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RedPowerLady's avatar

Can someone help me understand what portability health insurance is?

Asked by RedPowerLady (12551points) May 20th, 2010

Can someone help me understand what Portability health insurance is and how it differs from Cobra?

Also I noticed that Cobra covers dental care. Does Portability?

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12 Answers

janbb's avatar

I may be wrong on this, but I believe portability insurance would mean you can continue the policy with no time limits after leaving the job; COBRA only continues for 18 months after you leave the job. I think either could or could not have dental depending on the plan you were coverd under.

YARNLADY's avatar

Portability Insurance is coverage that does not depend on your job. You pay the premiums and you are covered all the time. The coverage depends on what you pay for.

jaytkay's avatar

COBRA is a limited form of portability, meaning you can keep your insurance after you leave a job. But only for 18 months. If your employer paid part of your insurance premium (most do), your premiums will increase (usually a lot) to cover your former employer’s contribution.

The 1996 Health Insurance Portability and Accountability Act (HIPAA”) reduces the time you can be denied coverage for a pre-existing condition when you join a new health plan. Separate dental plans are not included. If you have dental in your overall plan (for example, your HMO gives you dental as well as medical care) then dental is included.

It’s complicated and varies a lot depending on circumstances.

RedPowerLady's avatar

Sorry I’m still confused. Why would anyone choose Cobra over Portability then? And why are they offered as two separate choices?

janbb's avatar

Are they both offered by the same company/job? If so, does one (COBRA) have a lower employee contribution?

jaytkay's avatar

COBRA is about extending your old plan. HIPAA is about joining a new plan. They seem like totally separate things to me. Is the choice is between continuing your old COBRA plan and joining a new plan? Or maybe I am misunderstanding the question.

RedPowerLady's avatar

@janbb Yes they are both offered by the same company. I don’t have the portability information yet. I hope they have different rates. Cobra is horribly expensive.

@jaytkay I really don’t understand what portability is. If it is it’s own policy or if it is an extenuation of what I already have or what. I’m very confused and the website that explains it is confusing me even more. Is HIPAA then it’s own plan? I mean why would my employer, after I quit my job, have to send me information on portability insurance? When I read the website it seems more like a set of protections vs. something that needs signed up for. So confused.

jaytkay's avatar

I’m confused too, I don’t want to throw out more guesses because I don’t know enough about the situation.

If this is all concerning a former employer, I would ask their HR department to help wade through it.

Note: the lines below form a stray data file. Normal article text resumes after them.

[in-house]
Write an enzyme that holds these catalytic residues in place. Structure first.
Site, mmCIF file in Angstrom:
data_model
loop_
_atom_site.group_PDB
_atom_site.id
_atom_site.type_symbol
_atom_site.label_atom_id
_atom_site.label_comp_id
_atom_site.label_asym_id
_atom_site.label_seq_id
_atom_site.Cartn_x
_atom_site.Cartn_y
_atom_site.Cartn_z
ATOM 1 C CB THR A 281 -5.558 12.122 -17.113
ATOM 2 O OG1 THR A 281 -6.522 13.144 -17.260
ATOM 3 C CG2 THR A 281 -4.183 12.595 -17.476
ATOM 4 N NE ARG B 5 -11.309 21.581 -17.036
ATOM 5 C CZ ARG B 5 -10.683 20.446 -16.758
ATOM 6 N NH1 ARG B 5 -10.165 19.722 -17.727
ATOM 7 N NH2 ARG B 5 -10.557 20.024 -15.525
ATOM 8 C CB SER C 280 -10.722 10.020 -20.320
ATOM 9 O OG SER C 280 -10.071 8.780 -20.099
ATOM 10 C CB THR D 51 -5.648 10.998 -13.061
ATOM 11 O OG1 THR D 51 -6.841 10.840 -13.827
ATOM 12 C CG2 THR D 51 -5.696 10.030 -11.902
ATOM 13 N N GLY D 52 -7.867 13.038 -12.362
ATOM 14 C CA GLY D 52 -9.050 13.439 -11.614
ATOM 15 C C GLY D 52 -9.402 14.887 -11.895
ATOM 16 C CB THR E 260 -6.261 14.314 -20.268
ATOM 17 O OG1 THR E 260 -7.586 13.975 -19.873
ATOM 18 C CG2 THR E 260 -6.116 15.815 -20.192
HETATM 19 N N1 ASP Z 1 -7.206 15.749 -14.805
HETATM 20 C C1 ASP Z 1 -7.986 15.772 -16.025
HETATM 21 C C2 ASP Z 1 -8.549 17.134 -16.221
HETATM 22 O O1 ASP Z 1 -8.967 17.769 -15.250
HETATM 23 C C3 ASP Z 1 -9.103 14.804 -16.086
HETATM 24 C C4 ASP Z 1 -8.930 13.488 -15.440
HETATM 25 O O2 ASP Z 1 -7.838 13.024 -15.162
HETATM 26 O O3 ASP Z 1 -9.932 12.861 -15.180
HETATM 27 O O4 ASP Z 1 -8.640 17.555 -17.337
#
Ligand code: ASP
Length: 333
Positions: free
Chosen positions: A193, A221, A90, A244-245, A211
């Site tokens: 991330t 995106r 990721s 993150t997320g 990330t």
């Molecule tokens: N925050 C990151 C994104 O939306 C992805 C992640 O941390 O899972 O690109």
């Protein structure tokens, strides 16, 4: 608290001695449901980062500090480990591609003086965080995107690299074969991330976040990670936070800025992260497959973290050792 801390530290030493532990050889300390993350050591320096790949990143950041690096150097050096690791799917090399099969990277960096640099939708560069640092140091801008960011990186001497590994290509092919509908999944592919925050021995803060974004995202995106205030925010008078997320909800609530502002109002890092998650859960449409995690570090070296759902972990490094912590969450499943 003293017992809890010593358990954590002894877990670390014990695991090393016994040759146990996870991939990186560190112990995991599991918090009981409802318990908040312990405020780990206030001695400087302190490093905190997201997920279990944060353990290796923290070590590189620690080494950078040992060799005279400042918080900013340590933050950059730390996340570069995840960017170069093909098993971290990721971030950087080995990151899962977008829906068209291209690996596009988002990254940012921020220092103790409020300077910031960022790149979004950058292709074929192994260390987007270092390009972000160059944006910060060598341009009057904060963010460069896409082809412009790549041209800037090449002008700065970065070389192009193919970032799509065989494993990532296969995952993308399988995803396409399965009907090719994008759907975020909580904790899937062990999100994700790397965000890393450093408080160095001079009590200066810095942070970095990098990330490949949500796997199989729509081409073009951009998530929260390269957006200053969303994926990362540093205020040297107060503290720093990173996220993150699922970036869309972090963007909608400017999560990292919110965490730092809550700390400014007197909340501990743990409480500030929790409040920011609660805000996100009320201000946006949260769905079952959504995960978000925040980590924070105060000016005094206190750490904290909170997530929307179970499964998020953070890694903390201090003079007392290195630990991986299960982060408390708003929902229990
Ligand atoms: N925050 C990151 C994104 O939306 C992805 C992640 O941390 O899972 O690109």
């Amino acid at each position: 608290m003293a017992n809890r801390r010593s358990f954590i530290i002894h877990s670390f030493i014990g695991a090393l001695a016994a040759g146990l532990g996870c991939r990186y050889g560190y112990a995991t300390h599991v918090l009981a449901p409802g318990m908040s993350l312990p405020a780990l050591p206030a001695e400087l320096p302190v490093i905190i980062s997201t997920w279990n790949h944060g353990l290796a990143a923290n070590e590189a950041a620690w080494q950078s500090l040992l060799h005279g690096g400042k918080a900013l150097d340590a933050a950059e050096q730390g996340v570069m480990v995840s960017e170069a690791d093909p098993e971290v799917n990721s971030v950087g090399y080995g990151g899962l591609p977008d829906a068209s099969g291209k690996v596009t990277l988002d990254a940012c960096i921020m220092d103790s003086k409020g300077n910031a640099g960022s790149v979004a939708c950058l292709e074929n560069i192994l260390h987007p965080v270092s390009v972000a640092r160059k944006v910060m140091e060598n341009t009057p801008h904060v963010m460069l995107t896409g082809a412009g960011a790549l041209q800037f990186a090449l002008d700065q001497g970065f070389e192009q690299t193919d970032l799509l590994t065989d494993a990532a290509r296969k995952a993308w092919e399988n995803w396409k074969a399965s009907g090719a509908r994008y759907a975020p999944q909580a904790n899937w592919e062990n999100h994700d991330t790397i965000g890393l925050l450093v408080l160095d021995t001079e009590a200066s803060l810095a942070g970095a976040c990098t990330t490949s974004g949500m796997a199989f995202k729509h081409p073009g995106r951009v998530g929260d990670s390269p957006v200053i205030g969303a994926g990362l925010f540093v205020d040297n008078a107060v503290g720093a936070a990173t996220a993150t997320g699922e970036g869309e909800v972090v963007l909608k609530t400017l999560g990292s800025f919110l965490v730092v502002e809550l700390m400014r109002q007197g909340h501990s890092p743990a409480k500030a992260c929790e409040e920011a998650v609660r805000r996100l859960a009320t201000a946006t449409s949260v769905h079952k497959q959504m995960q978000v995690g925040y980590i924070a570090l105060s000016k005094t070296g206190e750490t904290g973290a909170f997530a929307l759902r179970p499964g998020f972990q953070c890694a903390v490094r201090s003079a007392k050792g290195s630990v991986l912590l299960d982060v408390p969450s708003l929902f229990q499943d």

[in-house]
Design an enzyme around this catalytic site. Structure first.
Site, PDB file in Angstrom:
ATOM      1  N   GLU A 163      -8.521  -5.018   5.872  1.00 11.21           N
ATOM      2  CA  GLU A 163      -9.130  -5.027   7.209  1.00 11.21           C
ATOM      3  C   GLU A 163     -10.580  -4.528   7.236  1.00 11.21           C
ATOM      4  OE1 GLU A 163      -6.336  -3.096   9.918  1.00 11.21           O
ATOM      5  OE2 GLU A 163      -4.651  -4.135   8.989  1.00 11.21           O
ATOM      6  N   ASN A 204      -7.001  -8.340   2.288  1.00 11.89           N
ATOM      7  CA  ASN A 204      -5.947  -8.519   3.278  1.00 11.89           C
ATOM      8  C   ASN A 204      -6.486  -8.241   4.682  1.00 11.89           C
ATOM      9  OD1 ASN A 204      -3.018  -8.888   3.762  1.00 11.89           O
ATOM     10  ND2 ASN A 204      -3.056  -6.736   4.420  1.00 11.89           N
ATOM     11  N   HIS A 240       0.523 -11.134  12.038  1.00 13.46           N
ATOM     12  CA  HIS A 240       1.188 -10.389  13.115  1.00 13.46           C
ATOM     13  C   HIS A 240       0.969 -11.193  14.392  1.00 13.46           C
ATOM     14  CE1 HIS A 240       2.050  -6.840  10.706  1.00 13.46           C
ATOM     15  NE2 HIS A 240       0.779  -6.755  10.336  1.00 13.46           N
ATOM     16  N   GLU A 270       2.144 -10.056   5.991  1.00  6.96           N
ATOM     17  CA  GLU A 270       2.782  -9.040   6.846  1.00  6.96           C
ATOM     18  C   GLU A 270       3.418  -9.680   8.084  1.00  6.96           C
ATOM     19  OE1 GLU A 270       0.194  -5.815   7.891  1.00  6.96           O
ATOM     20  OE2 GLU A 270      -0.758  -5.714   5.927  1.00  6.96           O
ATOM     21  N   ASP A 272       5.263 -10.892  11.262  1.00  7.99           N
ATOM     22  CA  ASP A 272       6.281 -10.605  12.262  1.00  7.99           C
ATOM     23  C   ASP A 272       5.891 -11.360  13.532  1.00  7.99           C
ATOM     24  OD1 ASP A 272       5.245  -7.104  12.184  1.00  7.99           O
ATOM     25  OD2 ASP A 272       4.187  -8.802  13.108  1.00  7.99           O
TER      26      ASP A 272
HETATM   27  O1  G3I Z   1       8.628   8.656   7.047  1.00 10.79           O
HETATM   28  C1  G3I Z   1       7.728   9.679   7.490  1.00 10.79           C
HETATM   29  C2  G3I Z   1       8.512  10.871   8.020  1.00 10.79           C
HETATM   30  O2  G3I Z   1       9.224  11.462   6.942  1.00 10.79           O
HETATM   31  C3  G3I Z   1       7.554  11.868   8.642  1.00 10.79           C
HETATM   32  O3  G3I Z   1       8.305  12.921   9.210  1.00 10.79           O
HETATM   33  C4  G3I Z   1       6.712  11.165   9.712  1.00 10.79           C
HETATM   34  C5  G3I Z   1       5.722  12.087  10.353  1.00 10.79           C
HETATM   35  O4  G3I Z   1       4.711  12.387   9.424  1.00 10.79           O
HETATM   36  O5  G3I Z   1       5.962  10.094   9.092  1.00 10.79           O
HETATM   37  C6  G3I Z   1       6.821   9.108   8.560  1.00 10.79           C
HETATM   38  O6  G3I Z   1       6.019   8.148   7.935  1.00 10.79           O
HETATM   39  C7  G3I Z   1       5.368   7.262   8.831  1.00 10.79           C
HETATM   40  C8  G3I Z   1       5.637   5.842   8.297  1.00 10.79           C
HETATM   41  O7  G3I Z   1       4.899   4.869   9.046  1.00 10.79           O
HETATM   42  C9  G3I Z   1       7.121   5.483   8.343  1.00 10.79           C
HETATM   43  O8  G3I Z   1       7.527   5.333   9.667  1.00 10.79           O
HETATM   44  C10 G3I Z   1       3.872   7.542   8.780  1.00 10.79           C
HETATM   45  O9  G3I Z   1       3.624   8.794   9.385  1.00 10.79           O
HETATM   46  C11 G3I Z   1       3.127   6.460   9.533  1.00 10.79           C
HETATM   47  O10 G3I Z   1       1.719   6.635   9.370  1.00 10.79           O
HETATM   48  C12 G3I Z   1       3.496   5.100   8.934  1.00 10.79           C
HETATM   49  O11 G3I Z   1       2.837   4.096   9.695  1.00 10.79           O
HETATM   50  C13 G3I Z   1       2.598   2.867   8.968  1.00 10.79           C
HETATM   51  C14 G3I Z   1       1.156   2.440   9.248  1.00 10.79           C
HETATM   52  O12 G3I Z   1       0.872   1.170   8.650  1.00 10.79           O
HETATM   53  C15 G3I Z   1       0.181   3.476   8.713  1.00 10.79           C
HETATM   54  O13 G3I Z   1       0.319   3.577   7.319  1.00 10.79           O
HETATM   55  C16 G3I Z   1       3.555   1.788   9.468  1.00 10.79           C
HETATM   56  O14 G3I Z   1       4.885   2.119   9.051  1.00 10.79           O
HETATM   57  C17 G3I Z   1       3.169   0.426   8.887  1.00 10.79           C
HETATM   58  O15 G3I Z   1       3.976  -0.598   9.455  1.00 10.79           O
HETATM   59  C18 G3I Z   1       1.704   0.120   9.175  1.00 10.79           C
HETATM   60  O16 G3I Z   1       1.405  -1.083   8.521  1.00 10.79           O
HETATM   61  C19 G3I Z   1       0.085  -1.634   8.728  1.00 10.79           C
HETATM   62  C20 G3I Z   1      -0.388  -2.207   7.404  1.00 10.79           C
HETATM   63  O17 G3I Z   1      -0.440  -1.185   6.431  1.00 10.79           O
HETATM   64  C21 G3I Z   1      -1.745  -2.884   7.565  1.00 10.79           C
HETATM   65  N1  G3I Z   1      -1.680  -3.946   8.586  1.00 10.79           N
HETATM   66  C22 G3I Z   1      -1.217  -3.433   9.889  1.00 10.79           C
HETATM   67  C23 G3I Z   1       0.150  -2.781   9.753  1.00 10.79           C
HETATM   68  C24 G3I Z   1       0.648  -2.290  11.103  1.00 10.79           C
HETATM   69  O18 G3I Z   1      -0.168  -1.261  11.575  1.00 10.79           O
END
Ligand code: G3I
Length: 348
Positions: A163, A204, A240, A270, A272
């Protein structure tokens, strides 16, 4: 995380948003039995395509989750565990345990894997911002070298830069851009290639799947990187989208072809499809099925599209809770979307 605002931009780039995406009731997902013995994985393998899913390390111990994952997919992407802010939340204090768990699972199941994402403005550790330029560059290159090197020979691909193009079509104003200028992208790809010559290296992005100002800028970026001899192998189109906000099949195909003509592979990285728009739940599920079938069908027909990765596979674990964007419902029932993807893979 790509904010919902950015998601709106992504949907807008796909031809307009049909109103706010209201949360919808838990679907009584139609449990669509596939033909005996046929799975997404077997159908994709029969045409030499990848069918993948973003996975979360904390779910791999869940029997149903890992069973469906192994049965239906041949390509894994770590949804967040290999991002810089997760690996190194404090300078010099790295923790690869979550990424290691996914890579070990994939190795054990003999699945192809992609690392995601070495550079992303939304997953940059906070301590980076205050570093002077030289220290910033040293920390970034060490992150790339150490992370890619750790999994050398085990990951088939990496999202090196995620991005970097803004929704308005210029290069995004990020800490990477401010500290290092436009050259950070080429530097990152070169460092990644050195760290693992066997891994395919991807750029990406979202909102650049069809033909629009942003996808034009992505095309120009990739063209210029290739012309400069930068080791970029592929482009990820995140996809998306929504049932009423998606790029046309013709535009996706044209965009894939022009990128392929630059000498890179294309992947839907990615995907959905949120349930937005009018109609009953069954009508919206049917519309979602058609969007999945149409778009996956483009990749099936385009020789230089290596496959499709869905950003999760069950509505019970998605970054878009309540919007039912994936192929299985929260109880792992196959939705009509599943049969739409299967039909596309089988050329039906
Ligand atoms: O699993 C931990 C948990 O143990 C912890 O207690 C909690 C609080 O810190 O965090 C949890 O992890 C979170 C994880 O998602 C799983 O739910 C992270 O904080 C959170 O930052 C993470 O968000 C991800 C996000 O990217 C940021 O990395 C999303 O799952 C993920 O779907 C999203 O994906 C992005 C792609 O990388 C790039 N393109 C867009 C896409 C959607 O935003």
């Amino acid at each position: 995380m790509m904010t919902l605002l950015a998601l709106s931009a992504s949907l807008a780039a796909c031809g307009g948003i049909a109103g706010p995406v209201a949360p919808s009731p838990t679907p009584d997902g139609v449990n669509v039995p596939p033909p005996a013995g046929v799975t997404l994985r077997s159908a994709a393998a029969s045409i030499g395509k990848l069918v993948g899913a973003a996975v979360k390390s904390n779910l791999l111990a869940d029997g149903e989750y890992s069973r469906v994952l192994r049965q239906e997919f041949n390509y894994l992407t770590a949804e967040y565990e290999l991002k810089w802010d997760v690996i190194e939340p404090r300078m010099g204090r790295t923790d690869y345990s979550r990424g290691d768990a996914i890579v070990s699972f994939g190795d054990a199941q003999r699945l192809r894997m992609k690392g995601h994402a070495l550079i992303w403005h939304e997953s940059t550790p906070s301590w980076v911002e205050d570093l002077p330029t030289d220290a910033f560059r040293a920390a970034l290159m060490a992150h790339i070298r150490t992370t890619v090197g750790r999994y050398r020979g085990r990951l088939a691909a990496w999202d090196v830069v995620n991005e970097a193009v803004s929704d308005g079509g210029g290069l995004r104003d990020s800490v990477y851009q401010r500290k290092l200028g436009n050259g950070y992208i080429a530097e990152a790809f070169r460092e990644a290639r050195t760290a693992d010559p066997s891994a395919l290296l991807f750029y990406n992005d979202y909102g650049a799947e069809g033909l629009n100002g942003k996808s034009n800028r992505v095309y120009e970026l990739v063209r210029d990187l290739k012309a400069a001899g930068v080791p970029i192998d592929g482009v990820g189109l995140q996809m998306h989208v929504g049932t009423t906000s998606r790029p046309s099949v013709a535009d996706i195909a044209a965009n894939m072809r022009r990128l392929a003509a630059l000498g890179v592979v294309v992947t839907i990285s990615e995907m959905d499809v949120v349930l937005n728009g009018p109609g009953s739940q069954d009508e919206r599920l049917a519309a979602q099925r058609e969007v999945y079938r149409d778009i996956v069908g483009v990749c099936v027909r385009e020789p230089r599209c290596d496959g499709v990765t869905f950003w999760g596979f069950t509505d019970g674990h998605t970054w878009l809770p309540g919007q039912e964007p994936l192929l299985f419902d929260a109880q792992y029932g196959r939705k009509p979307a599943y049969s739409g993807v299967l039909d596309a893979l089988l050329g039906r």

perspicacious's avatar

Actually I thought this meant you could take your insurance with you across state lines.

RedPowerLady's avatar

@jaytkay Ya but the HR is a well difficult to say the least ;). I can wait until I get the papers but was hoping to have some understanding before then.

PandoraBoxx's avatar

COBRA is when you are laid off of work; it extends your coverage up to 18 months as long as you pay the full cost of the plan, both your share and the employer share.

Since you quit, it’s entirely possible that the employer is getting ready to change insurance carriers. Since you are not an employee who will be enrolling in the new plan with the new carrier, they offering you a Portability plan, which is new insurance that you can enroll in that has a 6 month look back period for pre-existing conditions, as opposed to 12 or 18 months. Almost all states have what’s called a “pre-existing condition exclusion clause” for all products (some states exempt HMO plans from pre-ex). If you were to get a new job and be added to a plan at the new employer, you would be subject to pre-ex unless you could show continuity of coverage from the time you left your old employer. If you were to start a new job, and got new coverage, and developed cancer 3 months after starting the job, you would not be covered if your new plan had a pre-ex clause.

The other option is a conversion plan, which is state mandated insurance. They should offer you that as well.

RedPowerLady's avatar

@PandoraBoxx You seem to have a good grip on this.

I’ve never heard of a conversion plan. But thank you for the information. I’m still a bit confused but that does clear some of it up for me. I guess I’ll just wait and see what I get from them and make decisions accordingly. I saw an insurance broker and he is the one that told me my work would have to give me Cobra information and probably Portability
information. I do have a pre-existing condition unfortunately and can’t get regular insurance :( So I’m stuck paying Cobra premiums which are horribly high unless there is something better. I guess I was hoping Portability would somehow be better, haha. Still don’t get how it plays into my situation but I guess I will find out.

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